Saturday, June 7, 2014

Cosplay as Adaptation

I have to be honest--I completely forgot yesterday was Friday (and, thus, my day to post). I've been having some day displacement issues with everything going on in my life, so my apologies for the late post!

With all this talk about adaptations, and Denver Comic Con coming up next week, I figured I'd talk a little about one of the adaptations we didn't talk about a whole lot in the episode: cosplay!

What does dressing-up and playing pretend have to do with adaptations? Well, most people who cosplay are creating costumes from works that already have strong visual elements--comics, movies, video games, etc. That means there's already a template (often physically impossible in the real world) that the cosplayer wants to emulate. Not only do they have to figure out how to sew their costume and craft their props, they also have to focus on making the costume both work realistically (aka, not fall off their bodies, or defy gravity, etc.), be recognizable as the character, conform to Con rules, and be comfortable enough to wear for at least a full day.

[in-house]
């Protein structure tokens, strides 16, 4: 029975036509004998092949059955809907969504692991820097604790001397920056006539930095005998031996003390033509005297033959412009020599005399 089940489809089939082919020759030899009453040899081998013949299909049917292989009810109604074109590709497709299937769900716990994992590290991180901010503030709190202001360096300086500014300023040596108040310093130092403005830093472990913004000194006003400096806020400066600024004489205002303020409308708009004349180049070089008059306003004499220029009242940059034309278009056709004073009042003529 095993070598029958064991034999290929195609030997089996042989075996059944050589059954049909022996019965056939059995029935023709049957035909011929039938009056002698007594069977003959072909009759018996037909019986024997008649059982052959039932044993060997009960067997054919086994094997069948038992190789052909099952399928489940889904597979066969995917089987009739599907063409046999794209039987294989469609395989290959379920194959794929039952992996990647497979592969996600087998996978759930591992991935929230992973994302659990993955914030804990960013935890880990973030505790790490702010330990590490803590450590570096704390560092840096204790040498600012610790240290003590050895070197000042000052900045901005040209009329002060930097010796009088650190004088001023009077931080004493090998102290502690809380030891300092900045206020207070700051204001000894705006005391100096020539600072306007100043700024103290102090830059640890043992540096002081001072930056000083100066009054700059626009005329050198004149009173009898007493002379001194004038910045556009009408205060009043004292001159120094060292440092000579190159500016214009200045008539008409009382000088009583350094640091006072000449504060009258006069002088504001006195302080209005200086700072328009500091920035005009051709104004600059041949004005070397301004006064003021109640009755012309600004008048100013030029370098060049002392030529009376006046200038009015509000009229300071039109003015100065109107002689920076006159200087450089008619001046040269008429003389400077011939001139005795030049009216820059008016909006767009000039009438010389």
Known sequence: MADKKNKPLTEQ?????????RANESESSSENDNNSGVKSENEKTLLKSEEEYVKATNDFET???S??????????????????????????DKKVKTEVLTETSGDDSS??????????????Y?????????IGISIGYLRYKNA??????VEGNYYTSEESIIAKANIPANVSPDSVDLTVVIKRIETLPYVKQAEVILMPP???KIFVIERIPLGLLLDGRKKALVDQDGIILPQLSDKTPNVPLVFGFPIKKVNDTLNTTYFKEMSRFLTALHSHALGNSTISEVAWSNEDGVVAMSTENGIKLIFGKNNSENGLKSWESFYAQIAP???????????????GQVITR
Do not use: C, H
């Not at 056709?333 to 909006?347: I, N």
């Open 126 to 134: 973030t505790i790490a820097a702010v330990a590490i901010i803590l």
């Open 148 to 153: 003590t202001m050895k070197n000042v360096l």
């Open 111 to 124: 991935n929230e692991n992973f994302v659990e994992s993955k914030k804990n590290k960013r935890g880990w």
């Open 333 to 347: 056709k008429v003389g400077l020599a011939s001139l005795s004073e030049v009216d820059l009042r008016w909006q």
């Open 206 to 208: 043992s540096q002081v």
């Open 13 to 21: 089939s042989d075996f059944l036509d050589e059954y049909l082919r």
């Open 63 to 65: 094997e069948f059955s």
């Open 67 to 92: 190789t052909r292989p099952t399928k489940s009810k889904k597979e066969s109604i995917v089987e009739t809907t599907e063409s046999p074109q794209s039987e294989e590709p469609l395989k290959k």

I have great respect for cosplayers. I think their work is amazing, and it shows a huge admiration for the characters and the craft. And it's really hard to adapt a two-dimensional costume into something actually wearable! Honestly, cosplay is as much an admirable form of adaptation and fanwork as creating a movie based on a book, only done on personal budgets and time--and that's amazing to me.

Cosplay on!

Emily is currently working on a dress inspired by Kid Loki in the Marvel comics to debut at Denver Comic Con. Assuming her hand doesn't fall off from all the sewing, she'll be at the Beyond the Trope booth most of the Con (June 13-15), so come say hi!

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